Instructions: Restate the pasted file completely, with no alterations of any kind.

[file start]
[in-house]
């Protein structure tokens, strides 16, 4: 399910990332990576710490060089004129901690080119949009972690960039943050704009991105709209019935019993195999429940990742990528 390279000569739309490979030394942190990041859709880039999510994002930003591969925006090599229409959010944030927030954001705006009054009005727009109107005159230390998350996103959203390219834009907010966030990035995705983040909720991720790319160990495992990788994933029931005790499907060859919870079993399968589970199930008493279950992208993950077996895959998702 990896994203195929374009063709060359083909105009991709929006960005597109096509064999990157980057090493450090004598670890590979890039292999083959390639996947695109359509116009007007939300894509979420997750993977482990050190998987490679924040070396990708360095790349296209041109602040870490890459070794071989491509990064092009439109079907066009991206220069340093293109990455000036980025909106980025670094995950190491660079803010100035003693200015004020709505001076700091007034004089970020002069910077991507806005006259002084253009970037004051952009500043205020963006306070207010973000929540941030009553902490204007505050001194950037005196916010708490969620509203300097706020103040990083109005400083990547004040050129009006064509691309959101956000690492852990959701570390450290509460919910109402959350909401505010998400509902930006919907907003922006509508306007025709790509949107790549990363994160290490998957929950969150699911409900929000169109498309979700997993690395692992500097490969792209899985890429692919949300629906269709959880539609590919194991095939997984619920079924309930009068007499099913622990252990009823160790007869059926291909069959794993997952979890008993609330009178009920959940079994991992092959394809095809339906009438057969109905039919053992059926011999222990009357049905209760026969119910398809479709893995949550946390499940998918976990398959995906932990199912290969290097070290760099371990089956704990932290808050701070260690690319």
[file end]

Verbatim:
[in-house]
């Protein structure tokens, strides 16, 4: 399910990332990576710490060089004129901690080119949009972690960039943050704009991105709209019935019993195999429940990742990528 390279000569739309490979030394942190990041859709880039999510994002930003591969925006090599229409959010944030927030954001705006009054009005727009109107005159230390998350996103959203390219834009907010966030990035995705983040909720991720790319160990495992990788994933029931005790499907060859919870079993399968589970199930008493279950992208993950077996895959998702 990896994203195929374009063709060359083909105009991709929006960005597109096509064999990157980057090493450090004598670890590979890039292999083959390639996947695109359509116009007007939300894509979420997750993977482990050190998987490679924040070396990708360095790349296209041109602040870490890459070794071989491509990064092009439109079907066009991206220069340093293109990455000036980025909106980025670094995950190491660079803010100035003693200015004020709505001076700091007034004089970020002069910077991507806005006259002084253009970037004051952009500043205020963006306070207010973000929540941030009553902490204007505050001194950037005196916010708490969620509203300097706020103040990083109005400083990547004040050129009006064509691309959101956000690492852990959701570390450290509460919910109402959350909401505010998400509902930006919907907003922006509508306007025709790509949107790549990363994160290490998957929950969150699911409900929000169109498309979700997993690395692992500097490969792209899985890429692919949300629906269709959880539609590919194991095939997984619920079924309930009068007499099913622990252990009823160790007869059926291909069959794993997952979890008993609330009178009920959940079994991992092959394809095809339906009438057969109905039919053992059926011999222990009357049905209760026969119910398809479709893995949550946390499940998918976990398959995906932990199912290969290097070290760099371990089956704990932290808050701070260690690319």